Marijuana flower at The Health Center, a medical cannabis and recreational marijuana dispensary in Denver. (Vince Chandler, The Denver Post)
Colorado’s tourists would be able to buy as much marijuana as residents if a bill moving through the legislature passes.
The measure repeals Colorado’s unique-in-the-nation tiered purchasing system for marijuana. All adults over 21 are allowed to possess an ounce of marijuana — but retail pot shops can’t sell more than a quarter-ounce in one day to people without Colorado identification.
The purchasing limits were established in 2013 to prevent marijuana diversion out of state.
Colorado pot regulators now say that tourists carrying small amounts of pot home aren’t the state’s main marijuana-diversion problem.
Instead, state regulators and local law enforcement point to underground pot growers as the most likely source of sending pot to states where the drug isn’t legal.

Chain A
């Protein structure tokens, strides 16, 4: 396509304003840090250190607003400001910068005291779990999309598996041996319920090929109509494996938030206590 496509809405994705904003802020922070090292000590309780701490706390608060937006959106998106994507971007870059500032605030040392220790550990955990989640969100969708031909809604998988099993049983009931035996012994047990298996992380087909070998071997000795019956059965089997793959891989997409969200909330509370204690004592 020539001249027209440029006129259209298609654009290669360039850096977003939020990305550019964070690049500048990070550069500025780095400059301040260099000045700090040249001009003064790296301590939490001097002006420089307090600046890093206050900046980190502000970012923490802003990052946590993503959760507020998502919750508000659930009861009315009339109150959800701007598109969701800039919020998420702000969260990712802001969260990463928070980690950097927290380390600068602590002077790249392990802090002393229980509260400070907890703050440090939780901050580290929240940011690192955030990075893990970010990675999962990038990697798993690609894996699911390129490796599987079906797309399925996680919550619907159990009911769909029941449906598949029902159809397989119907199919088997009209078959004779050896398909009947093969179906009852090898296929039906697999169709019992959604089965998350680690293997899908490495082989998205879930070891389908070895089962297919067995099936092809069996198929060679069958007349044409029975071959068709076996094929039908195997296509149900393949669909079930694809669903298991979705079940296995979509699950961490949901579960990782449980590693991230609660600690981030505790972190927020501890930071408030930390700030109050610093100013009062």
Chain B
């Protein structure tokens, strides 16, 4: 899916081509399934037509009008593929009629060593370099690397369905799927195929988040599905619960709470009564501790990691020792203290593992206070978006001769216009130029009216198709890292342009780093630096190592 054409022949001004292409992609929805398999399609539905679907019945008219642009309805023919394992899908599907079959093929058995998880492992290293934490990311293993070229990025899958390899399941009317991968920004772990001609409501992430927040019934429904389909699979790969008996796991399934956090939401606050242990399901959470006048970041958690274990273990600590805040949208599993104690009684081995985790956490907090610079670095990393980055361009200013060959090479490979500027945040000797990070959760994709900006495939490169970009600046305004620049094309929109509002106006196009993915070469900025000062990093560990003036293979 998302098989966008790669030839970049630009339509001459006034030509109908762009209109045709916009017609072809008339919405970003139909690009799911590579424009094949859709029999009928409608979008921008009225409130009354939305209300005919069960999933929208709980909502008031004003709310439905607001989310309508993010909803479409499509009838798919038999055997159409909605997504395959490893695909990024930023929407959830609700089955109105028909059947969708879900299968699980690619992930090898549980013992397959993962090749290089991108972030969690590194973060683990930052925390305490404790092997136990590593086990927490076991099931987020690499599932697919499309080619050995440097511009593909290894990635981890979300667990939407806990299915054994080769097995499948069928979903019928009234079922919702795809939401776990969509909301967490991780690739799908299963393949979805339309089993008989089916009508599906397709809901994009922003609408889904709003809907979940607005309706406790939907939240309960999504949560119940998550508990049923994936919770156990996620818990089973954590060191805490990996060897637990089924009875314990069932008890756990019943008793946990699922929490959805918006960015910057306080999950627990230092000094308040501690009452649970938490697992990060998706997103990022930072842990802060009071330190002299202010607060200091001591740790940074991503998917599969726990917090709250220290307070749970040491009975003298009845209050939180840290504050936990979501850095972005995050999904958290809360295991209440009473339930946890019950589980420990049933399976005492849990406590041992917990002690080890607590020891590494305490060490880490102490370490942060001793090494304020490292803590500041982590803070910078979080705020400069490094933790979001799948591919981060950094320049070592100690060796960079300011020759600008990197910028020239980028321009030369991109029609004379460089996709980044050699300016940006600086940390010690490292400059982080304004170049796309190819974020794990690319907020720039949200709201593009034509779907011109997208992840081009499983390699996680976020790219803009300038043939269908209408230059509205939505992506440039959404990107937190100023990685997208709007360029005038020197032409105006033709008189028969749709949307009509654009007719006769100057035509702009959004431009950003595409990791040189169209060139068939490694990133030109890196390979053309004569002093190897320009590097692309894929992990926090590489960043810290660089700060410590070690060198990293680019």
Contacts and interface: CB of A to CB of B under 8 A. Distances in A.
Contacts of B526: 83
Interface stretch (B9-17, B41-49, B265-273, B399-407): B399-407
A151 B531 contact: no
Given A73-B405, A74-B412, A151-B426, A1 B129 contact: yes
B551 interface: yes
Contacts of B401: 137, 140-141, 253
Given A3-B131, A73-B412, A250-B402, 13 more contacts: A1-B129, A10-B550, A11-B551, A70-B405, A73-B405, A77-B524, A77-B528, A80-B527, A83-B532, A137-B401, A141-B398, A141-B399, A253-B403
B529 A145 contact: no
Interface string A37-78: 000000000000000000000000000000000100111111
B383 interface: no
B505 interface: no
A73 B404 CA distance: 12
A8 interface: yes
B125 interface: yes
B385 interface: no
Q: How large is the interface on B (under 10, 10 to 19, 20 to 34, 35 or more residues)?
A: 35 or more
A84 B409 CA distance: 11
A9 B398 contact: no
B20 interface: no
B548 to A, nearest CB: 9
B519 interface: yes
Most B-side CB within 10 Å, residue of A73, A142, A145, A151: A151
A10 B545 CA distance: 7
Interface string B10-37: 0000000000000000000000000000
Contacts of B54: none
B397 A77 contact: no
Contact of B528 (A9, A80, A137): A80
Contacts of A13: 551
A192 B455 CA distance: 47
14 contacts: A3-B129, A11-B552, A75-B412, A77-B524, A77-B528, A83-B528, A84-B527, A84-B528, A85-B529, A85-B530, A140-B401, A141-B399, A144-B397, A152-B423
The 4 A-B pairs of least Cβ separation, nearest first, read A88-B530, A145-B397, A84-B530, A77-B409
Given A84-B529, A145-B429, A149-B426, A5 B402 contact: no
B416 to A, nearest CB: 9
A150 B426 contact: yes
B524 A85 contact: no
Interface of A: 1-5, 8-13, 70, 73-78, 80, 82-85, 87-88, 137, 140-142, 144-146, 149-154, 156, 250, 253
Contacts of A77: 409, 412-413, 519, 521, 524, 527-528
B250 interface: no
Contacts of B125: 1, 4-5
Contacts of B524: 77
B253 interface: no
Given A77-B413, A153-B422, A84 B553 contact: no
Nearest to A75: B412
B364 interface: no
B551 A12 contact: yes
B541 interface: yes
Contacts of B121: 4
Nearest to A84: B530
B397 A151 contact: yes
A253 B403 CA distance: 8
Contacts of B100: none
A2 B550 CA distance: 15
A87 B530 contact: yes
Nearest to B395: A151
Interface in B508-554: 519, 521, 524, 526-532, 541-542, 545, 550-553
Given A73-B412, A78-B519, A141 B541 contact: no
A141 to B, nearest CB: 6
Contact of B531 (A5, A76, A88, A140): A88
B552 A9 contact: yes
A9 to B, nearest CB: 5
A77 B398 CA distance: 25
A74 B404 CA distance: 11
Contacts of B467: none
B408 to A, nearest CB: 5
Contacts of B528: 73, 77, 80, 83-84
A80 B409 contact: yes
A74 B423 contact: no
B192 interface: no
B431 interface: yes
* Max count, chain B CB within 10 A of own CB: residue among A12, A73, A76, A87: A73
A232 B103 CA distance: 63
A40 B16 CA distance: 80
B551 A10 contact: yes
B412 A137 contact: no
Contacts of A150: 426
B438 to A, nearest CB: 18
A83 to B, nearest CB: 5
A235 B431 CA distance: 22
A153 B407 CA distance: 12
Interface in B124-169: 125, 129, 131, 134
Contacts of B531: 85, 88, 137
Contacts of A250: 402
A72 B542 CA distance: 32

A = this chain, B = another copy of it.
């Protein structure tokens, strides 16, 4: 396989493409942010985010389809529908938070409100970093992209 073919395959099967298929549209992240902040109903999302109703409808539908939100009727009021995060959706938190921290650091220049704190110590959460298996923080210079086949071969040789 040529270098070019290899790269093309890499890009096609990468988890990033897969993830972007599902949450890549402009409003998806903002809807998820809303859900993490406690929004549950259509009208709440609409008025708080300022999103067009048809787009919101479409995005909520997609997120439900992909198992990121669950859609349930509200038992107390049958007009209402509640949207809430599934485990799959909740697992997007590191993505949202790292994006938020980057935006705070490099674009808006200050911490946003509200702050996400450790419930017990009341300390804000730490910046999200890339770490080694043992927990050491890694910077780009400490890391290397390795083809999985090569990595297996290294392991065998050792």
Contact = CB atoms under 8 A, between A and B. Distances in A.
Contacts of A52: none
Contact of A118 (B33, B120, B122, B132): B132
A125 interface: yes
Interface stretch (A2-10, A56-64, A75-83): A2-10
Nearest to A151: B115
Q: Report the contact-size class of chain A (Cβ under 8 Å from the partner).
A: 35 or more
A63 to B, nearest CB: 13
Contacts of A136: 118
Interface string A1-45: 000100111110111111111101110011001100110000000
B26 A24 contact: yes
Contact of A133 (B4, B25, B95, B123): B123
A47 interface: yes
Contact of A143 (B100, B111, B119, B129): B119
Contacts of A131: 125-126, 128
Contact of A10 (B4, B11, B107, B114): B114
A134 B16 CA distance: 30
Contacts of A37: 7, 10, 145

Colorado’s Marijuana Enforcement Division, which oversees pot shops, has never cited a retailer for selling a tourist more than a quarter-ounce of pot.
But the industry fears that new possession limits on concentrated and edible pot due to take effect this fall would make it harder for retailers to keep track. That’s because the new rules don’t consider leafy pot amounts to be the same as, say, pot brownies or hash oil or a skin lotion infused with marijuana’s active ingredient.
“We’d have to hire math professors to work in the dispensaries” to keep track of purchasing limits, said Mark Slaugh, head of the Colorado Cannabis Business Alliance.
Removal of the tiered purchase limits is part of a routine renewal of Colorado’s pot regulations. That renewal has passed the state House and is awaiting approval in the state Senate, where an initial committee approved the change Wednesday.